Renting an apartment or a home? Do you have renters insurance?
You can't always control what your neighbors do and sometimes people have accidents, even you. If you find yourself displaced from your apartment or home you are renting, I hope you have a renters policy.
A renters policy will help you in a number of ways. Here's how you benefit.
1. Your "stuff" is protected in the event it is stolen, damaged in a fire, water damage, vandalism and more. I suggest you insure it to replacement value, meaning that the insurance company will provide coverage to buy new instead of deducting depreciation. Don't over insure yourself, be realistic. Go through each room and get a estimate of the value of each room, add up the total and insure yourself for that amount. Update coverage as you accumulate things.
2. You have loss of use coverage. This provides funds for hotels or temporary housing in the event your home is damaged to a point where you can no longer stay there. Picture an apartment fire where multiple units are damaged and people are panicking looking for a place to stay. You can go straight to a hotel. Keep your receipt, you'll be reimbursed.
3. Medical coverage. If you have guests to your home and someone is injured. This pays for first aid to the injured guest up to the limit chosen by you. I recommend at least $5,000. You can go higher or lower. This is not a significant expense to the policy, don't go lower.
4. Liability coverage. If a guest is injured and you are found negligent this gives you coverage. For example, if you are having guests over and someone slips on an icy sidewalk and receives severe or lasting injuries and sues you. This provides you with an attorney and settlement money up to the policy limit. Often the limit is $500,000. You can also purchase an umbrella policy to give you extra coverage of $1,000,000 or more. One great feature about liability coverage is that it follows you, except in the car or at work.
For an example where renters insurance was used, click here.
Owning a small business is a dream and a reality for many people. You've found a passion you can earn a good living doing and you've found partners that can help you succeed. When you have partners each person has their strengths and those strengths are what keeps the business successful and profitable. What would happen if one of those partners were to die? Not only would you lose a friend and crucial member of the business, but now you have the issue of dealing with that person's estate. After all, they did own part of the business, right? Typically the spouse or family members of the person that passed away don't have an interest in day to day operations of the business and would rather just sell the estate's portion of the business back to the other partners. That's where key person life insurance comes in. Each partner buys life insurance on the other partner(s) and the business pays for it. If one partner were to pass away, then the other partner(s) now have enough funds to buy out the interest the deceased person had in the company. This way the remaining partners can choose how to continue running the business. For more information and an example where key person insurance was used, follow this link from Life Happens.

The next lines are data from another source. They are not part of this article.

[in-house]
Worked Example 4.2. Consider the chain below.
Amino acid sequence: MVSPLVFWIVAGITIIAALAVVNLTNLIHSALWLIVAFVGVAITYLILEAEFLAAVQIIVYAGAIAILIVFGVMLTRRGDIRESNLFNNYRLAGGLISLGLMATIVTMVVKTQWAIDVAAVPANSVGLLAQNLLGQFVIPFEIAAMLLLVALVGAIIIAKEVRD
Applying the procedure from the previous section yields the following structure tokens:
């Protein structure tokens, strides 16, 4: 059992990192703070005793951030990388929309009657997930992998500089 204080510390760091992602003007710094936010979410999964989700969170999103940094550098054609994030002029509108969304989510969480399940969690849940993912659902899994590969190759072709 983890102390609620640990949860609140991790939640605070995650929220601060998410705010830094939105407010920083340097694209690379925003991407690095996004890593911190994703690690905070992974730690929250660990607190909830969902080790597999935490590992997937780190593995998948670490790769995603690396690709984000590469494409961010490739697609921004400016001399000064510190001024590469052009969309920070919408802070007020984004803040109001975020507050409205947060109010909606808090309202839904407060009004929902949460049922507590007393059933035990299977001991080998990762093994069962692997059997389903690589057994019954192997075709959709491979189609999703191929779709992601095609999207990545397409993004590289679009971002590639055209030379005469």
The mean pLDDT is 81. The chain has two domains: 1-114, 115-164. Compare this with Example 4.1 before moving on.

Homeowners insurance covers many parts of your home. If you experience a tornado, fire or hail, you can expect the insurance company to cover your claim minus your deductible. But what about your personal property? Most personal property is covered under a blanket limit. There is no need to schedule things like furniture, clothes or personal electronics. However, jewelry is one item you should consider adding special coverage for. If you read through the actual language of a homeowners insurance policy you will see that jewelry is one of the items that has a limit. Typically the insurance company will cover you around $1000 per item (this will depend on the company). If you have jewelry that exceeds this amount you should contact your agent to see how much coverage you have. You can add special coverage to make sure you are covered to the full value of your jewelry. The average cost of the endorsement is around $10 per thousand per year. So a $10,000 wedding ring will be around $100 per year for coverage. You can start by getting an appraisal of the item(s) and contacting your agent. If you recently purchased the item(s) you may be able to use the sales receipt. As always, it's a good idea to review your policy with your agent each year or two.